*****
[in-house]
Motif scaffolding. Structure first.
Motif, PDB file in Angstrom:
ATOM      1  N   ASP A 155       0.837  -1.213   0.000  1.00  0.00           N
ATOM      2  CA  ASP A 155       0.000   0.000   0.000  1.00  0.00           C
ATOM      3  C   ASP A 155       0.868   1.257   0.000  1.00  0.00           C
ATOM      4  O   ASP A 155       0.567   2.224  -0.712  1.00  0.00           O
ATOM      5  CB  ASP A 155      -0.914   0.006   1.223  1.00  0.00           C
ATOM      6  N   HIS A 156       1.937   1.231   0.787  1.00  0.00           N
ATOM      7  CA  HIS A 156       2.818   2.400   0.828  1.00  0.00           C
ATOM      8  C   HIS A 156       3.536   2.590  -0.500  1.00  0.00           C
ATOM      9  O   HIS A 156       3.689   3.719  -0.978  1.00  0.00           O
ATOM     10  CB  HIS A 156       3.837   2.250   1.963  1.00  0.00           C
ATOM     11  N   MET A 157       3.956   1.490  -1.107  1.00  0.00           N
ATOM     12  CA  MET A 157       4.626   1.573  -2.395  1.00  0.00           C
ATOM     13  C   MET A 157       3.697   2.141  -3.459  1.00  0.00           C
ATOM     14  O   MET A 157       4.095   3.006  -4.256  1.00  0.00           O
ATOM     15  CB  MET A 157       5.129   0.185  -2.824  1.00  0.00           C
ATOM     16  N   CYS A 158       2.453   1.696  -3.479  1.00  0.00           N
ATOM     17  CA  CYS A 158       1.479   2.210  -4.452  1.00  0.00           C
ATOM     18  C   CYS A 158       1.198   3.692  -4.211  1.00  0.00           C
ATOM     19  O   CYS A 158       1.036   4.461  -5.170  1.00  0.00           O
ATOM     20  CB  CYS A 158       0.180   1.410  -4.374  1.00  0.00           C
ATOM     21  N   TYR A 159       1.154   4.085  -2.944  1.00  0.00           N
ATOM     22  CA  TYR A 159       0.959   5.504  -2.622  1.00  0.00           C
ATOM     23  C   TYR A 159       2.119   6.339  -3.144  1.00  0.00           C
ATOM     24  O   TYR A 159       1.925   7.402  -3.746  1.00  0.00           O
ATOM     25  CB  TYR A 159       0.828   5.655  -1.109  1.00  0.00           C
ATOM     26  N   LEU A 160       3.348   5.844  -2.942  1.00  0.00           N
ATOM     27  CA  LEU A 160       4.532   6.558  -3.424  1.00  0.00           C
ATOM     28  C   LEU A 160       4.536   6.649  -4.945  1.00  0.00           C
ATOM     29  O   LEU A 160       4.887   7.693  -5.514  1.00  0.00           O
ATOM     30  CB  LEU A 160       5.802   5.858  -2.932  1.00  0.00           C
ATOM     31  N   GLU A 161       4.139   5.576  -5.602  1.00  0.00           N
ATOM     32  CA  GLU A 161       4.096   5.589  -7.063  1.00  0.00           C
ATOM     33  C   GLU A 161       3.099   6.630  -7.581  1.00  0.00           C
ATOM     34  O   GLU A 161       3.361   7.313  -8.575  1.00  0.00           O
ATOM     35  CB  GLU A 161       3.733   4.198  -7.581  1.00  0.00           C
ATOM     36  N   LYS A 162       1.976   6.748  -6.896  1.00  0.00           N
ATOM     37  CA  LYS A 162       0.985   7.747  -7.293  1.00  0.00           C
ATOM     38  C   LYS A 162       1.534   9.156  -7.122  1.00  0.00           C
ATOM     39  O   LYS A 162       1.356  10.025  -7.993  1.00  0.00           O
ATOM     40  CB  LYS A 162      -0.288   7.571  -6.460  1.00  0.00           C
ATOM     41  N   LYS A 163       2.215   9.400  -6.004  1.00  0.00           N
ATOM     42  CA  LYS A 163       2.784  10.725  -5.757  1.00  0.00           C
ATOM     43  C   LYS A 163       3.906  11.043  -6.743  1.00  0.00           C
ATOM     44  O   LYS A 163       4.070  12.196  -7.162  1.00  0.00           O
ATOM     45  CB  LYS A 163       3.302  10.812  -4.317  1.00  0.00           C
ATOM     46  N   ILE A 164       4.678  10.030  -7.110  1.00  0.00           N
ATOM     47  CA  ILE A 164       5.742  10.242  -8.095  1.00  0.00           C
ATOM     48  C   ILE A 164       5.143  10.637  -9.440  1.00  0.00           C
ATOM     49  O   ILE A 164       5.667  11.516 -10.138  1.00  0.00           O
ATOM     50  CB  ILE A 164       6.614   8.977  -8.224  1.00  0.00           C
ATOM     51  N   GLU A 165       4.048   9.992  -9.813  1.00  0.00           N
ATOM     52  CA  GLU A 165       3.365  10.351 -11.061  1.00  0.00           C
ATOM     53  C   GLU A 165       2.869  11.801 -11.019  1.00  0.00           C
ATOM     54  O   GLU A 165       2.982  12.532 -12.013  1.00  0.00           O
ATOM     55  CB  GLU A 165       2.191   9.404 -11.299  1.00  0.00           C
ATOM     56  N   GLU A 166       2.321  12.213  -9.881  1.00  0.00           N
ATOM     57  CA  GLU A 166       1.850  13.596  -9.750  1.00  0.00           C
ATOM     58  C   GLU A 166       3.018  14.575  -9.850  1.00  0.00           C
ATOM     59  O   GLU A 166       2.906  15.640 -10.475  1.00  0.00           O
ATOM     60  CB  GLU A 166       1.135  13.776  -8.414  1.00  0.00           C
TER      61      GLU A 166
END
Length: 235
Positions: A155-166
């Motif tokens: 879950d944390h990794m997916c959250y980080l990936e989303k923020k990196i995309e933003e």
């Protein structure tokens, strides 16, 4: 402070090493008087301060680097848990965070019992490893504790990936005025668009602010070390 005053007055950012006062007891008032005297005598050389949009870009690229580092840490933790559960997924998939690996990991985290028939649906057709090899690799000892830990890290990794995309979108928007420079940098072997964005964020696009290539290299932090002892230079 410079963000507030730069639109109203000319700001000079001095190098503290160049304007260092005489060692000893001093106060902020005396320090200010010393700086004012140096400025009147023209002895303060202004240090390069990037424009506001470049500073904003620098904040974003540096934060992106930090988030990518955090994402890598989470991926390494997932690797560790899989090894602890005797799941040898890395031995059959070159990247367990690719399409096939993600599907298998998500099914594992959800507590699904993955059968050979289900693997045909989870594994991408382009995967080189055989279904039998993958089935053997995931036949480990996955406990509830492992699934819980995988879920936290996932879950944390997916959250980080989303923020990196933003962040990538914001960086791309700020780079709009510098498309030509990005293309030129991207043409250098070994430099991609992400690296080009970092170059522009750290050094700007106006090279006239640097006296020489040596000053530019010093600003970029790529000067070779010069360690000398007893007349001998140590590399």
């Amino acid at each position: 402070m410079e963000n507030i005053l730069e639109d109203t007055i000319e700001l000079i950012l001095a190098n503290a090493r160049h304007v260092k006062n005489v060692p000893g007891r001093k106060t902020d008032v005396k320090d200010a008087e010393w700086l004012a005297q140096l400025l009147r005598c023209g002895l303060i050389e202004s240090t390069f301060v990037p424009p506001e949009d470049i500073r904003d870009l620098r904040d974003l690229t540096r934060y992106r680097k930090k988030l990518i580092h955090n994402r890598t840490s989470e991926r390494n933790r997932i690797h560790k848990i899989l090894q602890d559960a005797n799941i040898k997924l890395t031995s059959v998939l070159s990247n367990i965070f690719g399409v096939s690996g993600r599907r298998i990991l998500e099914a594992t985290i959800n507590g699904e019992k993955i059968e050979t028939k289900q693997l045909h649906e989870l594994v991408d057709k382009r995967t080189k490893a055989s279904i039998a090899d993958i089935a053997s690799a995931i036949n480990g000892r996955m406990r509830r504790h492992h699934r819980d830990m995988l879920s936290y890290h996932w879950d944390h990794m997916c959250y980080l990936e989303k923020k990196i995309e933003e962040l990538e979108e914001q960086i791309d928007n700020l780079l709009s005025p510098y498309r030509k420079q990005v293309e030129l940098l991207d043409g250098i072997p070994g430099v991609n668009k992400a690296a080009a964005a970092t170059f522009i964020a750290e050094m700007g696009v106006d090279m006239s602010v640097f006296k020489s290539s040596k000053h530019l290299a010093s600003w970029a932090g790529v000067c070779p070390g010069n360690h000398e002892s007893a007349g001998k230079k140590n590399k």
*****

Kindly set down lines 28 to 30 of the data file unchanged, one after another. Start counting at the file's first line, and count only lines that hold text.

ATOM     25  CB  TYR A 159       0.828   5.655  -1.109  1.00  0.00           C
ATOM     26  N   LEU A 160       3.348   5.844  -2.942  1.00  0.00           N
ATOM     27  CA  LEU A 160       4.532   6.558  -3.424  1.00  0.00           C